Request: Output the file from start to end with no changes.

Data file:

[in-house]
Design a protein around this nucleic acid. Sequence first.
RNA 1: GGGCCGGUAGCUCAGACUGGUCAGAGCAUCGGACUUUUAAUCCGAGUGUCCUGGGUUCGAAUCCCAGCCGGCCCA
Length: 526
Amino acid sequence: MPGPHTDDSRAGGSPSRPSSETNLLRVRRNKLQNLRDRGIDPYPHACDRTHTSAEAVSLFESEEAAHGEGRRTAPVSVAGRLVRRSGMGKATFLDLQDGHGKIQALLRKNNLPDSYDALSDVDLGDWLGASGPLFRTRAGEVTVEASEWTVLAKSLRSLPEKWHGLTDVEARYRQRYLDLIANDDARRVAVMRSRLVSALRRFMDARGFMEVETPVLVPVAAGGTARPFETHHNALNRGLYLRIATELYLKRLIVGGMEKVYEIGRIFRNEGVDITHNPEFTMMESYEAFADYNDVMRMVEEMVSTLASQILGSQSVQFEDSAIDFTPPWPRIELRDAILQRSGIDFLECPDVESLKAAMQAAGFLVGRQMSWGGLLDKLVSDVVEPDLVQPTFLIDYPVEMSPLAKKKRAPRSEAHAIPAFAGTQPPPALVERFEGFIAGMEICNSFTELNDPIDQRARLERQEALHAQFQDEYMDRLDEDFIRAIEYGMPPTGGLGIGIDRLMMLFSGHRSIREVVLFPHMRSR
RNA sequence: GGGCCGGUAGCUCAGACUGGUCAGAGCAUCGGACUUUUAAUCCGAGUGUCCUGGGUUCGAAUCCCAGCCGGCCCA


[in-house]
Design a protein around this nucleic acid. Sequence first.
RNA 1: GGGCCGGUAGCUCAGACUGGUCAGAGCAUCGGACUUUUAAUCCGAGUGUCCUGGGUUCGAAUCCCAGCCGGCCCA
Length: 526
Amino acid sequence: MPGPHTDDSRAGGSPSRPSSETNLLRVRRNKLQNLRDRGIDPYPHACDRTHTSAEAVSLFESEEAAHGEGRRTAPVSVAGRLVRRSGMGKATFLDLQDGHGKIQALLRKNNLPDSYDALSDVDLGDWLGASGPLFRTRAGEVTVEASEWTVLAKSLRSLPEKWHGLTDVEARYRQRYLDLIANDDARRVAVMRSRLVSALRRFMDARGFMEVETPVLVPVAAGGTARPFETHHNALNRGLYLRIATELYLKRLIVGGMEKVYEIGRIFRNEGVDITHNPEFTMMESYEAFADYNDVMRMVEEMVSTLASQILGSQSVQFEDSAIDFTPPWPRIELRDAILQRSGIDFLECPDVESLKAAMQAAGFLVGRQMSWGGLLDKLVSDVVEPDLVQPTFLIDYPVEMSPLAKKKRAPRSEAHAIPAFAGTQPPPALVERFEGFIAGMEICNSFTELNDPIDQRARLERQEALHAQFQDEYMDRLDEDFIRAIEYGMPPTGGLGIGIDRLMMLFSGHRSIREVVLFPHMRSR
RNA sequence: GGGCCGGUAGCUCAGACUGGUCAGAGCAUCGGACUUUUAAUCCGAGUGUCCUGGGUUCGAAUCCCAGCCGGCCCA